Commodity Corner: Morning Comments

Good morning,


DXM9  97.115  -0.005                       GCM9  1299.7  -2.1                                                                 ESM9  2828.00  +21.00                    CLM9  61.74  +0.70


The markets appear to be catching their collective breath this morning, as most are recovering from being decimated in yesterday’s price action.  Trade remains the main topic of conversation / concern for the markets, as the saber rattling from the weekend carried through into yesterday.  The markets have now had a chance to digest and attempt to price the impacts of the tariffs from both the US and China.  Bottom  line is that the longer this trade battle continues, the potentially bigger negative impact for the global economy.  This was reflected yesterday, as most asset classes took it on the chin.


Aside from the trade story, WTI oil had a very interesting trade yesterday, having almost a $3 range on the day.  Oil came in with a bid, and extended it on the news of the Saudi tankers being attacked on Sunday.  Reports of Russian production coming in below the agreed  upon levels by OPEC+ also boosted prices.  However, oil fell to the same fate as most markets, trading down sharply as the breakdown in trade talks was viewed as an impediment on the economy, and on potential oil demand.  Some late selling came into the space, as technically, yesterday was an outside day down, with the higher high from Friday, lower low and settle.  A major Wall Street bank was projecting a possible trade down to $50, based upon signals generated from this close. In the overnight trade, oil traded down right to the 200 day moving average, held this level, and then proceeded to bounce over $1, assisted by a story of a reported drone attack on pump stations in Saudi Arabia.  Not to be outdone, Brent crude also traded lower initially, taking out the psychologically important $70 level, only to bounce over $1 on this news as well.  All of the tension in the Middle East, the OPEC monthly oil report being released this morning and with US weekly production figures coming out, oil should see a very choppy trade.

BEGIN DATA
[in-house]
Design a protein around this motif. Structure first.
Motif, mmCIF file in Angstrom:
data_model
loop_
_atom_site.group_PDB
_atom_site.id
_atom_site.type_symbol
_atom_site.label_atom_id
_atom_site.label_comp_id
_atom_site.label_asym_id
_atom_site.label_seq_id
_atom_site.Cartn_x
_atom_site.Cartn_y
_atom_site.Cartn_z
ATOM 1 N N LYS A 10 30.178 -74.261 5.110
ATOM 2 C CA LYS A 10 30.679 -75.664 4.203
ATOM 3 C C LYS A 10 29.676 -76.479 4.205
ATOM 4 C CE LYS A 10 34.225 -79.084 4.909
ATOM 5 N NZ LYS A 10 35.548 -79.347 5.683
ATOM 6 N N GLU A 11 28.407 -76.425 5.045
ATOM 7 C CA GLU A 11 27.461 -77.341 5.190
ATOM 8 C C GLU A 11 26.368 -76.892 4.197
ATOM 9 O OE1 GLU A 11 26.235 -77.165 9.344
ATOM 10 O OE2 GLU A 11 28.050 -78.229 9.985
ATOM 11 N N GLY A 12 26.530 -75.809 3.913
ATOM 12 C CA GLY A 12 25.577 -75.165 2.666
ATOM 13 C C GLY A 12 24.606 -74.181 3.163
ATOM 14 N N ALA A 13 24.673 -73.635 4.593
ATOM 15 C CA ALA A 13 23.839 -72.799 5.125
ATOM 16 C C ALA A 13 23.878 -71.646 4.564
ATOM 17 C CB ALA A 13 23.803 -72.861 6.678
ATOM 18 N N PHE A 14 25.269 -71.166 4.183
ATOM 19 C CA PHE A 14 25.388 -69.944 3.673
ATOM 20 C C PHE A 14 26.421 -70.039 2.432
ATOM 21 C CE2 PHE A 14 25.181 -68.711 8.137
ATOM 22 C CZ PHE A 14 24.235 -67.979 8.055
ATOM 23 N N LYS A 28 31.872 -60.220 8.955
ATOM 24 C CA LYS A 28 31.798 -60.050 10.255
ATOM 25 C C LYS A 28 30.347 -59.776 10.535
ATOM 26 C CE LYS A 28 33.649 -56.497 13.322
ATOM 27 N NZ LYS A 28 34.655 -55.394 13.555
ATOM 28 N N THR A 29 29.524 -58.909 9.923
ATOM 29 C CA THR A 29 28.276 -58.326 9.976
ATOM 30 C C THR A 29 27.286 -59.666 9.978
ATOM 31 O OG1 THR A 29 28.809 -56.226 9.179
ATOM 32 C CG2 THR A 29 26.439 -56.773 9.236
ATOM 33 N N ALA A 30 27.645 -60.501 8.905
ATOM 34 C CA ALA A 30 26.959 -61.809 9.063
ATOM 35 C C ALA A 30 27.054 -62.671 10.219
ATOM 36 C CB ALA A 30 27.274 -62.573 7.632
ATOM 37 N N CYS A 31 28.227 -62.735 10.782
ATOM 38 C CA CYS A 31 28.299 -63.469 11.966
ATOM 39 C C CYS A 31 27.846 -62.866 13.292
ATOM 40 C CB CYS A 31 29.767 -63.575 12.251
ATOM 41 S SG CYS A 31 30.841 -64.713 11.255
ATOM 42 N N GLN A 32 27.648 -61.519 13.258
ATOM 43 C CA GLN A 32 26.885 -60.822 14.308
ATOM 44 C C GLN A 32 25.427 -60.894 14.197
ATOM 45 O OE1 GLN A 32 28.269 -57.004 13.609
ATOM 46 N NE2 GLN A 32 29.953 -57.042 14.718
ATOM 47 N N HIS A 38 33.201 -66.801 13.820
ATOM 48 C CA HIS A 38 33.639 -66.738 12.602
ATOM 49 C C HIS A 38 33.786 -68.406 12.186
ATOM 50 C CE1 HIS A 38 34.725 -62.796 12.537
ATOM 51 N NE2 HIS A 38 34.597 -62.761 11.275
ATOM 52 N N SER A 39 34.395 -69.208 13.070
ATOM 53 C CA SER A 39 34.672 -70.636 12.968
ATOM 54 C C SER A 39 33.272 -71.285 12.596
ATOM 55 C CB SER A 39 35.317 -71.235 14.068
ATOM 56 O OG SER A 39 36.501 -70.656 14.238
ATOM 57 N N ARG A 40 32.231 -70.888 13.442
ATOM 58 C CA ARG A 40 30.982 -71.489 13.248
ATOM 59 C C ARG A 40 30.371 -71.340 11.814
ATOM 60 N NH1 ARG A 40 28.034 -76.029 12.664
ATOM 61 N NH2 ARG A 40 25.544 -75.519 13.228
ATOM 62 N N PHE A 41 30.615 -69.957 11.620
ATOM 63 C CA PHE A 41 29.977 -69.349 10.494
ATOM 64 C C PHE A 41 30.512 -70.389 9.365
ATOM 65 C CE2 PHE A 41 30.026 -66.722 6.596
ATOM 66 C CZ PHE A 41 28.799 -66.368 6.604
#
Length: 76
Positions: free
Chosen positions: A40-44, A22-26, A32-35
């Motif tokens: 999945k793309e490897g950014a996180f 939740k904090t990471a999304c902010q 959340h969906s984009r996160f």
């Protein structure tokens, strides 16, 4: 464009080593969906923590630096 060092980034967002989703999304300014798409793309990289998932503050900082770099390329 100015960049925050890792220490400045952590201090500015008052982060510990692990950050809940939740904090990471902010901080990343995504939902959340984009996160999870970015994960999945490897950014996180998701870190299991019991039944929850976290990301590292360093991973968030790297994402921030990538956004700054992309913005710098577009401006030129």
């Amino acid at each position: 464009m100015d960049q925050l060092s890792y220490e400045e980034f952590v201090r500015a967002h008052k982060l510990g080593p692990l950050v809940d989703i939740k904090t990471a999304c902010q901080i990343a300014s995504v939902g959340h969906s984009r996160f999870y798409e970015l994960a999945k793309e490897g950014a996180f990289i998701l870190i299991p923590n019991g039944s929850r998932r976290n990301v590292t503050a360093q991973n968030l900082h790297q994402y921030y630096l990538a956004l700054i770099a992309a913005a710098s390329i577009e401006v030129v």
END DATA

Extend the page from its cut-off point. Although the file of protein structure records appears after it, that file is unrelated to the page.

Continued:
The US grain and oilseed markets, along with the livestock, took a direct hit to the bow on the announced tariffs from the announced US tariffs, and the retaliatory ones from China, where US agricultural products were specifically pointed out as a prime target.  All of the “ags” products traded down to multi year lows.  Soybeans were trading at over a 10 year low.  Funds, carrying very large speculative short positions, piled on to the carnage.  Corn open interest increased by over 23k on the decline, soybeans by almost 5k.  The wheat complex managed to find support and proceeded to deliver a double digit bounce to prices.  Support for wheat came from a very good export inspection number, along with US prices being at a substantial discount to European wheat from the recent price declines.  This wheat bounce managed to serve as a bandage for corn and soybeans, and those markets were able to put in a short term bottom.  Corn and beans have a decent bounce to prices here in the overnight trade, as yesterday afternoon’s crop progress reports showed planting and development well behind the 5 year averages (breakdown of crop conditions and progress are on the attachment).  The market was expecting to see lower numbers here, but the magnitude, coupled with the oversold condition of the market perhaps helped some short positions think about booking some profits.  As mentioned, lean hogs were limit down yesterday, as the trade tensions can have a direct effect on the amount of pigs sold to China.  One point to keep in mind is that the swine fever epidemic is bad, and eventually China may have to look back towards the US.  Live cattle was almost limit down as well, on demand concerns.